CES 2011 Day One: Android 3.0 demoed and tablets galore

Plus: Sony Ericsson Arc and 3D takes over all tech

Samsung unveil a 72-in LCD TV, Android 3.0 Honeycomb teased, Fujifilm line-up, LG Optimus Black

CES 2011 has kicked off in true manic fashion with the biggest players in the world of gadgets competing in tech-based brawl to see which will dominate the coming 12 months. Showcasing a flurry of exciting gadg and previously only rumoured and fantasised products, here are the highlights from the opening day of the Vegas convention halls:

Sony Ericsson has unveiled its new flagship mobile handset in the form of the Sony Erisson Xperia Arc. Teased to the public ahead of Sony's CES opening conference, the sleek, slightly curved device is set to rock a 4.3-inch 854 x 480p screen, 1Ghz Qualcomm processor and somewhat surprisingly Google's Android 2.3 Gingerbread operating system.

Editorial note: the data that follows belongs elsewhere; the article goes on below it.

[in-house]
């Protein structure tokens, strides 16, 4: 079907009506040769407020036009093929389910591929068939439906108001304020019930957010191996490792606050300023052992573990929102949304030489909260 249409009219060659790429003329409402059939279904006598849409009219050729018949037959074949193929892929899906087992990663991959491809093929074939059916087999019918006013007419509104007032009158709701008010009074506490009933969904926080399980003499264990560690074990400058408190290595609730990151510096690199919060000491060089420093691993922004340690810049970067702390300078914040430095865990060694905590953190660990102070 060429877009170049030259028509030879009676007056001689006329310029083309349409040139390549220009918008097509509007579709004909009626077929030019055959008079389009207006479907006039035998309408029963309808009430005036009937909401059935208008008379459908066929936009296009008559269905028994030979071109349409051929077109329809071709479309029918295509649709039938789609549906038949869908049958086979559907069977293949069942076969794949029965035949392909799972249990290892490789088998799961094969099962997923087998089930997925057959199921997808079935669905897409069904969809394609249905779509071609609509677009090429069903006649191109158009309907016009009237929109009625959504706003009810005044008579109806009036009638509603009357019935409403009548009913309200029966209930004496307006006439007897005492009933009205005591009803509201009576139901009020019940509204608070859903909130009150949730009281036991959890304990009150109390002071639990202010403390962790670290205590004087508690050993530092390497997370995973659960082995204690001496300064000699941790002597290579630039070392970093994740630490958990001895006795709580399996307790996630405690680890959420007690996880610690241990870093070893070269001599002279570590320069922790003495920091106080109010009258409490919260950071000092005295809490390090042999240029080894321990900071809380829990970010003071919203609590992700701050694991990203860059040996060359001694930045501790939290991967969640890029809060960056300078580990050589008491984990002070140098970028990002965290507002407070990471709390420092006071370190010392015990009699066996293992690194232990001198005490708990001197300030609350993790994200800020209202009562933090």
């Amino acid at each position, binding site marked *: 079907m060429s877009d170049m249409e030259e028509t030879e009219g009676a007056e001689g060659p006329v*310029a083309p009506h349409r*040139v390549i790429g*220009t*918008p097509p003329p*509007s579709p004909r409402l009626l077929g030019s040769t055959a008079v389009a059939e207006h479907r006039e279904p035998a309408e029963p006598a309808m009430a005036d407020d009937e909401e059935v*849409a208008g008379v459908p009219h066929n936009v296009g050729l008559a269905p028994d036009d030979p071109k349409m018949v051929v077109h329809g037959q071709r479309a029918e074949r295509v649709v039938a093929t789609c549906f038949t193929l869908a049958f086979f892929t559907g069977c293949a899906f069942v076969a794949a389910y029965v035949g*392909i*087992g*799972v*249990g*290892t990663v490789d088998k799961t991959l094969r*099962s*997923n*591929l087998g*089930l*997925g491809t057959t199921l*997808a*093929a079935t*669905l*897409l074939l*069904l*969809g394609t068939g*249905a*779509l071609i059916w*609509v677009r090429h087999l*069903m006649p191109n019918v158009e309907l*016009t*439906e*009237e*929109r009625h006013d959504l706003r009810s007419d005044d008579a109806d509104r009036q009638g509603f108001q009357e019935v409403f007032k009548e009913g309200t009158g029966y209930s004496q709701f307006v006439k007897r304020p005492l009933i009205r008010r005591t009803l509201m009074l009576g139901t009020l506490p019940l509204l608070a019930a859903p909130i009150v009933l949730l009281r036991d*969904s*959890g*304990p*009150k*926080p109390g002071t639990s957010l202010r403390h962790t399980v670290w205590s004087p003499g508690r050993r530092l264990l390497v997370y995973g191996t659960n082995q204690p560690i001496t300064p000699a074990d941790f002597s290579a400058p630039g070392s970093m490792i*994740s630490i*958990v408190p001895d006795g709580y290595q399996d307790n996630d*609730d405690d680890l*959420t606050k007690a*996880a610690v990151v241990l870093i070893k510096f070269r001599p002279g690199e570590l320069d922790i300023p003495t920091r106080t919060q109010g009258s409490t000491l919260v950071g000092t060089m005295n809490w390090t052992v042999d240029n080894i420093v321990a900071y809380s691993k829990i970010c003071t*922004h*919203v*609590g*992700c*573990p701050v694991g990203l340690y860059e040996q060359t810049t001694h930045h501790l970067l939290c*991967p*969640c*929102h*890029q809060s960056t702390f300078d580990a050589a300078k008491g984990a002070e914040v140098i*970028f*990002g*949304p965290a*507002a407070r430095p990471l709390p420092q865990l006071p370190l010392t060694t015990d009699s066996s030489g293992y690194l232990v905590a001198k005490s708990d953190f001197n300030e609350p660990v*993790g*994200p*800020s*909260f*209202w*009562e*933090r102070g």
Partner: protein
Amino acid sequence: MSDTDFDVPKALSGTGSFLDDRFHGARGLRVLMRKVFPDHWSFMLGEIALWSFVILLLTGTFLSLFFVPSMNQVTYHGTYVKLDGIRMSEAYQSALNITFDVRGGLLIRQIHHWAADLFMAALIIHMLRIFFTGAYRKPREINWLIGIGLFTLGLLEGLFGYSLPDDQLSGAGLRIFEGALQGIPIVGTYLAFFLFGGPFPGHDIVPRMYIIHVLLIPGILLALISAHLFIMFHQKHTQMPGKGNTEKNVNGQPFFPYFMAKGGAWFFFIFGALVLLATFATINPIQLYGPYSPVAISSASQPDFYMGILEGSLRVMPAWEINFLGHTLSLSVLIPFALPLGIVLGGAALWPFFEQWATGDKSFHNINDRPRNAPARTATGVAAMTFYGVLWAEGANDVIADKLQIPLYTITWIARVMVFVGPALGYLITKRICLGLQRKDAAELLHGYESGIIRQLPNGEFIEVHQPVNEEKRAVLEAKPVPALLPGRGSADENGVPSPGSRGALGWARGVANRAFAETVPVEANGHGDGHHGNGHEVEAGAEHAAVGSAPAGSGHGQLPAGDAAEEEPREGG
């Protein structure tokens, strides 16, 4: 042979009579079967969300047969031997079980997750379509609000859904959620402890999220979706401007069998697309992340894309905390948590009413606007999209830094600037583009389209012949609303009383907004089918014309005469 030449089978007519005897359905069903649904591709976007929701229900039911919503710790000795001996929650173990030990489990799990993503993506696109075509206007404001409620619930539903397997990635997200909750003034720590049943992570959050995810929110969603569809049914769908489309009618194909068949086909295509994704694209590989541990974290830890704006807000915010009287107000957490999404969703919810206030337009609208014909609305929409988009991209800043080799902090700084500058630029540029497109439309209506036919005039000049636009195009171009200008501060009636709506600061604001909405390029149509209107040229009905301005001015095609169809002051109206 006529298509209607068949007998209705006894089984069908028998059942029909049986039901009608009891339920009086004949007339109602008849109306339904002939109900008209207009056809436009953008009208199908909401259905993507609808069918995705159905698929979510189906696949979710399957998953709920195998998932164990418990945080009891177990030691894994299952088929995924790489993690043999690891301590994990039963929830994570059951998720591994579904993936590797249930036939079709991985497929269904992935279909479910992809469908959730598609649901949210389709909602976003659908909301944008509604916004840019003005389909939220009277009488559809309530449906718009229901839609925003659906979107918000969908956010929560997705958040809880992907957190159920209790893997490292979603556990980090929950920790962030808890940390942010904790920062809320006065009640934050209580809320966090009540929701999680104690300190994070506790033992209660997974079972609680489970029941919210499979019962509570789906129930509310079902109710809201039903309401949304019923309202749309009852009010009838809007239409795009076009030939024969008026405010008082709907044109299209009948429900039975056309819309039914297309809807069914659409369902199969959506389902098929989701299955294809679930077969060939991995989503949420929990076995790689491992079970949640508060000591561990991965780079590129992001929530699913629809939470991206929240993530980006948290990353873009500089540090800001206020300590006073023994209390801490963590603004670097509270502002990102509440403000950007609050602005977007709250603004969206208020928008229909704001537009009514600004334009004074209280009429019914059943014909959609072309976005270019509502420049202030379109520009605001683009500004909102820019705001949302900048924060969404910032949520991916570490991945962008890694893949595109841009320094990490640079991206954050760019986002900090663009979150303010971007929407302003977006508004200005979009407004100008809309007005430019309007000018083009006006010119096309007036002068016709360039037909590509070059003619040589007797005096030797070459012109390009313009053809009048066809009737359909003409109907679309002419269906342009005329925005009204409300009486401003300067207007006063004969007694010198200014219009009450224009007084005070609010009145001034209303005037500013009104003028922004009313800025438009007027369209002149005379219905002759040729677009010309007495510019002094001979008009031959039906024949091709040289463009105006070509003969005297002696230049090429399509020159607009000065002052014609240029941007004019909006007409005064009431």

Android 3.0 Honeycomb has broken cover with Google prematurely pulling the wrappers off its upcoming tablet-friendly operating system via a tasty teaser video. Previously demoed by Andy Rubin on the soon to be launched Motorola tablet, the Honeycomb OS is set to bring a more refined user interface to Android's larger deviced users.

The B&W Zeppelin is back with an added kick as Bowers and Wilkins add Apple's AirPlay technology to the iconic iPod dock for a range of new wireless streaming features.

Sharp tablet expands its horizons as the company unveil the Galapagos tablets are to be given a global rollout over the coming year with magazine and newspaper subscriptions to be made available via the company's e-bookstore. Elsewhere on the Sharp front and there are a bevy of new 3DTVs coming from the firm including the 70-inch LE935.

LG pushes 3D as it announces the upcoming launch of new 3DTVs and Blu-ray players, highlight of which is the company's new 4.3-inch glasses-free portable 3DTV. On the larger, home-bound front, LG has announced a range of 50- and 60-inch Plasma 3DTVs that, through a downloadable app, will allow iPhone users to use their smartphones as the unit's primary remote control.

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